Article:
I could go on all day about how beautiful Northern Thailand is. Lakes, mountains, rivers, caves, waterfalls and jungles are everywhere just asking to be explored and the weather is usually some of the best in the country – cooler, yet still clear and sunny.
That is, until February and March.
While November, December and January are just about as perfect as you could get when it comes to comfortable temperatures, no rain and abundant sunshine, February and March bring the start of hotter temperatures and bad air.
During this time there’s widespread burning of fields and forests for farming and, as I’ve been told, cultivating a special type mushroom. There’s very little rain and that, combined with the heat and the fact that the city of Chiang Mai is in a valley, makes it so the smoky and polluted air stays trapped.
The pattern happens every year, though some are worse than others. 2012 was particularly bad, while this year it’s been more of an annoyance, but still not good. When I asked my Thai teacher about it she said the burning, smoke and haze continues, “…until my King makes the fake rain.” It was probably one of the best, and most confusing, things I’ve heard living here. But that’s what happens. This is where I live.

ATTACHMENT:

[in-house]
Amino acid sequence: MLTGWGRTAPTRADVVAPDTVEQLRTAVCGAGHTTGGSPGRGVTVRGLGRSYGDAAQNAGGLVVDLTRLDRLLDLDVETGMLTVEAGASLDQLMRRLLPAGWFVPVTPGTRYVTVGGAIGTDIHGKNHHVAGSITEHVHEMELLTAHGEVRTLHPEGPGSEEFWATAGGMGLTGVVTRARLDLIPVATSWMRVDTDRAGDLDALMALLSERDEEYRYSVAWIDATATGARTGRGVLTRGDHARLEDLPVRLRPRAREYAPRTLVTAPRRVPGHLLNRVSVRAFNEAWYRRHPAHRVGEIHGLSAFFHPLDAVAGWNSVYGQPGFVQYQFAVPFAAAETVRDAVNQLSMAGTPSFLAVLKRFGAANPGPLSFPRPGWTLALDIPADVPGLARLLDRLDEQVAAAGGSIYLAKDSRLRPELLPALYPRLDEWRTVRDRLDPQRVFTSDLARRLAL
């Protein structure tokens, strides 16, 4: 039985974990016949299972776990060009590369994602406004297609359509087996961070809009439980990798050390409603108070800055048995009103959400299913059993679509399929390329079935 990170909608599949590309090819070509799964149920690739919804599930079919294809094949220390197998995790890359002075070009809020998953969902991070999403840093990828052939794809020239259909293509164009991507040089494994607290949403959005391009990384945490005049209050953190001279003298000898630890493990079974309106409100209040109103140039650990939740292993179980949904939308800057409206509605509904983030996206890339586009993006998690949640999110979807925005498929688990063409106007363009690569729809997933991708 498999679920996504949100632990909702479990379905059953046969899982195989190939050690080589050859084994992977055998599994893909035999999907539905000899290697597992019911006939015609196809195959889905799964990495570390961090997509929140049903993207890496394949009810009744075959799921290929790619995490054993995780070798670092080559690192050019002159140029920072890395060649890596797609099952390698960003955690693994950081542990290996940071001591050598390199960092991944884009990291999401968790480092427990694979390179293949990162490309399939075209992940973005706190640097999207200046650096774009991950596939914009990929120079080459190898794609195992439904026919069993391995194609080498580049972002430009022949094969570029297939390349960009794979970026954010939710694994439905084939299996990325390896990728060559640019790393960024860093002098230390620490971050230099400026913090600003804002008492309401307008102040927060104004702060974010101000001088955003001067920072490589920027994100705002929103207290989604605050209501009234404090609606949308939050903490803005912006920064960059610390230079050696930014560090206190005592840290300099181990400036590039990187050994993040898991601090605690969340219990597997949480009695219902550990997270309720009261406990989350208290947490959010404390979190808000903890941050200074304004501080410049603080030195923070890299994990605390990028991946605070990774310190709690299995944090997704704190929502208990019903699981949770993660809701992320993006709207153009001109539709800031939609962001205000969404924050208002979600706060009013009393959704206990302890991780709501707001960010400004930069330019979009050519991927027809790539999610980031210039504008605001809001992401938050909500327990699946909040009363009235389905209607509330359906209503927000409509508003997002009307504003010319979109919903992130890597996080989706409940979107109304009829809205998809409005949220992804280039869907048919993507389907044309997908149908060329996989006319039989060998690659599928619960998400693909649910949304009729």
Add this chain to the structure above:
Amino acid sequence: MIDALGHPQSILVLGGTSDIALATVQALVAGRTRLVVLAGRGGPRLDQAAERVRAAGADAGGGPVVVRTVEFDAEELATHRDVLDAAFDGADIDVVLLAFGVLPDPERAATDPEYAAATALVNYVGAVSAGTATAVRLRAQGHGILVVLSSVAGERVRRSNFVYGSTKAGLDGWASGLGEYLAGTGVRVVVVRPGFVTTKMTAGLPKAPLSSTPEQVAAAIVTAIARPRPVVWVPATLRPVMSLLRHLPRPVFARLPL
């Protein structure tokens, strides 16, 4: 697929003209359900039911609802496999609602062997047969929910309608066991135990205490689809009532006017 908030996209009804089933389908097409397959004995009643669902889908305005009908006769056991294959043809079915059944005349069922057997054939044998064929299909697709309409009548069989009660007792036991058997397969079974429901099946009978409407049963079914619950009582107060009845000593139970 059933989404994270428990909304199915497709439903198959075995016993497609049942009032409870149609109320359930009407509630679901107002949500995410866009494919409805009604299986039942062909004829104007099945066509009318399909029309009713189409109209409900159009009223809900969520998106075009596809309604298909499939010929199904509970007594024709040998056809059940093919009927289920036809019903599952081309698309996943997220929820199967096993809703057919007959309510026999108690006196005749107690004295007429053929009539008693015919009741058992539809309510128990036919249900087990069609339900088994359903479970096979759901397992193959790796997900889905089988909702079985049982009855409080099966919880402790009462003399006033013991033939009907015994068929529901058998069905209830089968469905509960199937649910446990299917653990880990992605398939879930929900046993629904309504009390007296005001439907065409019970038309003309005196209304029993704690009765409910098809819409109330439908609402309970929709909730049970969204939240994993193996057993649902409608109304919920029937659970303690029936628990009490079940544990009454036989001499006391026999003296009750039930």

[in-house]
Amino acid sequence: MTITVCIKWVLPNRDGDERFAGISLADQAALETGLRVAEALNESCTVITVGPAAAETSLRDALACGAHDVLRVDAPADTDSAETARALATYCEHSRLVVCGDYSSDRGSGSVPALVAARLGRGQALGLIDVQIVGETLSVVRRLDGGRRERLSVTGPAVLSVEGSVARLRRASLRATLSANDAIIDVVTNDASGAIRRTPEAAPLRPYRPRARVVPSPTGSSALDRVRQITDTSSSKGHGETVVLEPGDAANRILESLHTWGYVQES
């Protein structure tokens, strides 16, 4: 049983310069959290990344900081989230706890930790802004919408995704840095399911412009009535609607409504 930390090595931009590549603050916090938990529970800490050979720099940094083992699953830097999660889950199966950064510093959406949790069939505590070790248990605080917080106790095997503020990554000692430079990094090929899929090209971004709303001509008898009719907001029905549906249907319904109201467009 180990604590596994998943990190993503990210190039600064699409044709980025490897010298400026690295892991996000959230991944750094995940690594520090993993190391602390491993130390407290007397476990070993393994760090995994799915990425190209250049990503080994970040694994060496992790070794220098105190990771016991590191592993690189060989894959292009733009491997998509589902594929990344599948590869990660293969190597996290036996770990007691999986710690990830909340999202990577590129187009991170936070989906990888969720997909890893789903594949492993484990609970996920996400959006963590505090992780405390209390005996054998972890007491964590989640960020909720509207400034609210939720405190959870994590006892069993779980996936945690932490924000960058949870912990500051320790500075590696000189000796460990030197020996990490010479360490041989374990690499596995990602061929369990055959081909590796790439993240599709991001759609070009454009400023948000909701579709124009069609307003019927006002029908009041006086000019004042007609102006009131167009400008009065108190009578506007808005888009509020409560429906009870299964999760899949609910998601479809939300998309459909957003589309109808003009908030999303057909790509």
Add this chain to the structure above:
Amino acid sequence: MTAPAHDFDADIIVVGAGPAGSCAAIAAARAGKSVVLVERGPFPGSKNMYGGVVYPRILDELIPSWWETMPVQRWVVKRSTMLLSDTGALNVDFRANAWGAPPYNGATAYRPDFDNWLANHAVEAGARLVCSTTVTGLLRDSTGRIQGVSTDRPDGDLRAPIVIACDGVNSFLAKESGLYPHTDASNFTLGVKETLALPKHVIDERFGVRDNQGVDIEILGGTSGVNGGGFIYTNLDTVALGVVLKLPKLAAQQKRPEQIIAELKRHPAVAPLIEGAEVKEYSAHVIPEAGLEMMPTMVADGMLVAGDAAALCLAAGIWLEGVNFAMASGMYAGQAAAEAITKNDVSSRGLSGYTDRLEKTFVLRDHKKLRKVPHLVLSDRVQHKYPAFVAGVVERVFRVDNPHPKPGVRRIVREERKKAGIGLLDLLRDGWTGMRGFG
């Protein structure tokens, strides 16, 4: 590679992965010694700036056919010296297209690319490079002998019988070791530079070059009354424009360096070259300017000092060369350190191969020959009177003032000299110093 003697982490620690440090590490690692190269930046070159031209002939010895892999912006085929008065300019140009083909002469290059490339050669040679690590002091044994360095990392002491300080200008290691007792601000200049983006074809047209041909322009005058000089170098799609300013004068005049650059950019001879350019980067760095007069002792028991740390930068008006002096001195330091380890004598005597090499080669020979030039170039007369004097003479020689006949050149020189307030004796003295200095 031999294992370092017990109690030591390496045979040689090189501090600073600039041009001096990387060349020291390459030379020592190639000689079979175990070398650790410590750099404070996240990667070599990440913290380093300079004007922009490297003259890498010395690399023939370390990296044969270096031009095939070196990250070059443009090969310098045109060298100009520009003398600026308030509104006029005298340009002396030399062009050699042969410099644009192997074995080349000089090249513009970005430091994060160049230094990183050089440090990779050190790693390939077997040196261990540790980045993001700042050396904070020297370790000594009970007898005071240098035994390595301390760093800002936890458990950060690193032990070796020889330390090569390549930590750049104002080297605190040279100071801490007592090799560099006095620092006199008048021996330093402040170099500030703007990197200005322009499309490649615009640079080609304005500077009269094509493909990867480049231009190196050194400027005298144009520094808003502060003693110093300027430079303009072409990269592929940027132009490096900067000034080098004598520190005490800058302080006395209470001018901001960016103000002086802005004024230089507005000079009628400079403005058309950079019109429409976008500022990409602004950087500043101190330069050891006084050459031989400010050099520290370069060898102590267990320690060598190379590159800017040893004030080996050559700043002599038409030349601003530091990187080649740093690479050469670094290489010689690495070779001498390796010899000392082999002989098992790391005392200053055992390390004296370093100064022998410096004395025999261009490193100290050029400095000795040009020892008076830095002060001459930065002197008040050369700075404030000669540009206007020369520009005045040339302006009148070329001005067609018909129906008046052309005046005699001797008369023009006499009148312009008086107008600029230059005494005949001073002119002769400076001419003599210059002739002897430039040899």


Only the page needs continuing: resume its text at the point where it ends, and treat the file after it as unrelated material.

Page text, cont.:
The air usually seems worst in the morning (when the photo above was taken) and clears up a little throughout the day. Many people I know have been complaining of congestion, dehydration, lack of energy and lethargy. They don’t feel sick, like they have a cold, but something just isn’t quite right. Unfortunately, there’s not much you can do about it except wait it out. (Though I know of several long term expats and retirees who regularly plan to leave during the ‘smoky season’, coming back in April or May.)
I’m a big proponent of traveling to places in the off season. I wouldn’t hesitate telling someone to visit Thailand during the rainy season, but I don’t recommend coming to the north during February and March if you don’t have to. The weather definitely puts a damper on things and doesn’t show off the region in the best light. In fact, it’s a really smoky, hazy light.
Hey! I'm Alana and I've spent nearly the past decade living in Chiang Mai, Thailand, working as a writer and photographer. I started Paper Planes as a place to share local insight, special places, and how to travel well through a range of experiences — from hostels to high-end hotels, street meat to multi-course meals.
New places are always calling my name...
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